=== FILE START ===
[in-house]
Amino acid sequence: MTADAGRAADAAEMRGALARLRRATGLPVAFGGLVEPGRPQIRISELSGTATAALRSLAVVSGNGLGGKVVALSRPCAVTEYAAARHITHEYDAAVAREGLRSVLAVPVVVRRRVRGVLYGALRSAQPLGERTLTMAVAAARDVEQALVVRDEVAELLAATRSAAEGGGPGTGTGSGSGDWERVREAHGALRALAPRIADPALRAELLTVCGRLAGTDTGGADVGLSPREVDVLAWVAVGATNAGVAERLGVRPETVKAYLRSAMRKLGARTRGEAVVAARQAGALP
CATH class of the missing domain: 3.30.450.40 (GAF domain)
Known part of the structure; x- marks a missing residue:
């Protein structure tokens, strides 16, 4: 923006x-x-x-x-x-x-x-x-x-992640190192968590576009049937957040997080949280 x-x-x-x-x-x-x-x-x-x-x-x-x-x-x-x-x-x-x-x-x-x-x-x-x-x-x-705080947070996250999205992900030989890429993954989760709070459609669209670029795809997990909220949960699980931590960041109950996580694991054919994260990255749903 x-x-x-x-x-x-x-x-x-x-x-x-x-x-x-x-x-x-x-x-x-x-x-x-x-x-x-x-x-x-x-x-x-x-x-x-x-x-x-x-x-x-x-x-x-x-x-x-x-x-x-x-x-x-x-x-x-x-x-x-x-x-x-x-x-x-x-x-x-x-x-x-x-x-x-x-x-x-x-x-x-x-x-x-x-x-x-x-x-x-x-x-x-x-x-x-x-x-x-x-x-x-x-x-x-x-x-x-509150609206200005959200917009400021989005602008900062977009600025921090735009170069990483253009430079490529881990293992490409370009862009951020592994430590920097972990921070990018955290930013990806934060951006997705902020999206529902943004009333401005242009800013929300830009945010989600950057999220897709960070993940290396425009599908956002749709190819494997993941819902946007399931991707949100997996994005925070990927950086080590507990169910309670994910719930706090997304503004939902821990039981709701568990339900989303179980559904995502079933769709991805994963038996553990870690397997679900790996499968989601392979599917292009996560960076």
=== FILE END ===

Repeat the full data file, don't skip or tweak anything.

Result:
[in-house]
Amino acid sequence: MTADAGRAADAAEMRGALARLRRATGLPVAFGGLVEPGRPQIRISELSGTATAALRSLAVVSGNGLGGKVVALSRPCAVTEYAAARHITHEYDAAVAREGLRSVLAVPVVVRRRVRGVLYGALRSAQPLGERTLTMAVAAARDVEQALVVRDEVAELLAATRSAAEGGGPGTGTGSGSGDWERVREAHGALRALAPRIADPALRAELLTVCGRLAGTDTGGADVGLSPREVDVLAWVAVGATNAGVAERLGVRPETVKAYLRSAMRKLGARTRGEAVVAARQAGALP
CATH class of the missing domain: 3.30.450.40 (GAF domain)
Known part of the structure; x- marks a missing residue:
């Protein structure tokens, strides 16, 4: 923006x-x-x-x-x-x-x-x-x-992640190192968590576009049937957040997080949280 x-x-x-x-x-x-x-x-x-x-x-x-x-x-x-x-x-x-x-x-x-x-x-x-x-x-x-705080947070996250999205992900030989890429993954989760709070459609669209670029795809997990909220949960699980931590960041109950996580694991054919994260990255749903 x-x-x-x-x-x-x-x-x-x-x-x-x-x-x-x-x-x-x-x-x-x-x-x-x-x-x-x-x-x-x-x-x-x-x-x-x-x-x-x-x-x-x-x-x-x-x-x-x-x-x-x-x-x-x-x-x-x-x-x-x-x-x-x-x-x-x-x-x-x-x-x-x-x-x-x-x-x-x-x-x-x-x-x-x-x-x-x-x-x-x-x-x-x-x-x-x-x-x-x-x-x-x-x-x-x-x-x-509150609206200005959200917009400021989005602008900062977009600025921090735009170069990483253009430079490529881990293992490409370009862009951020592994430590920097972990921070990018955290930013990806934060951006997705902020999206529902943004009333401005242009800013929300830009945010989600950057999220897709960070993940290396425009599908956002749709190819494997993941819902946007399931991707949100997996994005925070990927950086080590507990169910309670994910719930706090997304503004939902821990039981709701568990339900989303179980559904995502079933769709991805994963038996553990870690397997679900790996499968989601392979599917292009996560960076």